February 21, 2013
Fish Recipe: Pickled Pike
By Jonathan Miles
Pickled pike is a classic North Country treat, but it also boasts a practical aspect: the acid in the vinegar dissolves the dread “Y-bones” that make filleting pike such a chore. (For boneless trout or walleye fillets, you can skip the soaking in step one.) Pickled pike is fantastic served on toasted rye bread, with a dab of butter, but it’s equally good on some Ritz crackers accompanied by an ice-cold can of Old Milwaukee. One thing to note: Due to tapeworm concerns, it’s best to use pike that’s been frozen for at least 48 hours.
- 1 cup kosher salt
- 1 lb. or so northern pike fillets, cut into 1-inch chunks
- 1 quart distilled white vinegar
- 3/4 cup sugar
- 1-inch piece fresh horseradish, peeled and thinly sliced
- 4 slices fresh ginger, about the size of a quarter
- 2 tsp. whole allspice berries
- 2 tsp. whole yellow mustard seeds
- 1/2 tsp. whole black peppercorns
- 1/4 tsp. cayenne pepper (optional)
- 2 garlic cloves, peeled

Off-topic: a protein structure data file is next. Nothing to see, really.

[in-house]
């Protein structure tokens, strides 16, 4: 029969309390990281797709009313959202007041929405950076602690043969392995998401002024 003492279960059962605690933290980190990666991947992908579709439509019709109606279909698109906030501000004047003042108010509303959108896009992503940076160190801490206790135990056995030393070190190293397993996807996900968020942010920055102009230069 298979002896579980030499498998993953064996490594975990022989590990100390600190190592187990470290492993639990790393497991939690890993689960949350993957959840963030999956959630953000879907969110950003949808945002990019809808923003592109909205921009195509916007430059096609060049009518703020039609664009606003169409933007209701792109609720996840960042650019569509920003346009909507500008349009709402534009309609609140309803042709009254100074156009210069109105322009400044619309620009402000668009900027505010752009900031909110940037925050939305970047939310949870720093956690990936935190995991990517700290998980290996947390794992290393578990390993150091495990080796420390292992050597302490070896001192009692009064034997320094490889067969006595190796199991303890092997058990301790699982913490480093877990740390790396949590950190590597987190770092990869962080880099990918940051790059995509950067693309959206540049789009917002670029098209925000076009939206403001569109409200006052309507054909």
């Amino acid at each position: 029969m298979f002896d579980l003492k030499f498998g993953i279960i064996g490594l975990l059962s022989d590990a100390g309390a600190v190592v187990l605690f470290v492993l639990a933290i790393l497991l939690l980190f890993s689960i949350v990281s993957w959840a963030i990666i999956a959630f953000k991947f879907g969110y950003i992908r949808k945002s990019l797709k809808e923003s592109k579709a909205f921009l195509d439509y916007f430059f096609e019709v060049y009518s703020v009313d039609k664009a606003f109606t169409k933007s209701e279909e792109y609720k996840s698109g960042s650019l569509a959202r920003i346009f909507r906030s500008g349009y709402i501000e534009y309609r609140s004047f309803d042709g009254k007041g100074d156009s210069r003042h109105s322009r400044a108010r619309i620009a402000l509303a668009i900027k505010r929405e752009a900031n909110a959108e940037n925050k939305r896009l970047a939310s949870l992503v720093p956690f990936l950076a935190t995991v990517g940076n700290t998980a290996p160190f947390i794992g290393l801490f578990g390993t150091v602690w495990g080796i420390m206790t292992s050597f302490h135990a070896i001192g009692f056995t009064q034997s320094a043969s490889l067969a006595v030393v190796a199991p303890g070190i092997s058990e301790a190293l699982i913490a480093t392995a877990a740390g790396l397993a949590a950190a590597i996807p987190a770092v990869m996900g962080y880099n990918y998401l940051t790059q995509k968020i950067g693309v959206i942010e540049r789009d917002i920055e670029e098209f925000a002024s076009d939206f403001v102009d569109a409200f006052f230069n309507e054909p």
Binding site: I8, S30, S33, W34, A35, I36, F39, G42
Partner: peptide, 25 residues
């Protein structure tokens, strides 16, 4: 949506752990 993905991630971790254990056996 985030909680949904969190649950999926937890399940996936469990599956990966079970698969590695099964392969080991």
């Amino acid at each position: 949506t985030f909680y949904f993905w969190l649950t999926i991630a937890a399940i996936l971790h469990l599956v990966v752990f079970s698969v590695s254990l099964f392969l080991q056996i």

- 4 cloves, whole
- 3 bay leaves
- 1 carrot, thinly sliced
- 1 red onion, thinly sliced
1. Make a brine by combining the salt with a quart of water in a Mason-type glass jar or glass bowl. Add the pike to the brine and soak for 24 hours. Drain the fish, but do not rinse it. Add a quart of vinegar to the fish and soak for an additional 24 hours. Drain the fish, reserving one cup of the vinegar for use in the pickling solution, and refrigerate.
2. Combine the reserved cup of vinegar, a 1/2 cup of water, and the sugar in a nonreactive saucepan over high heat. Bring to a boil, stirring to dissolve the sugar, then remove from the heat and allow to cool completely.
3. In a 1-quart Mason jar, add roughly a quarter of the fish, then add some of the spices and sliced carrot and onion; repeat with the remainder of the fish, spices, and vegetables so that the ingredients are layered and evenly dispersed. Pour the vinegar mixture into the jar. Cover tightly and refrigerate for at least three days to allow the flavors to develop.
4. Serve the fish and vegetables directly out of the jar, on buttered slices of rye toast or with crackers.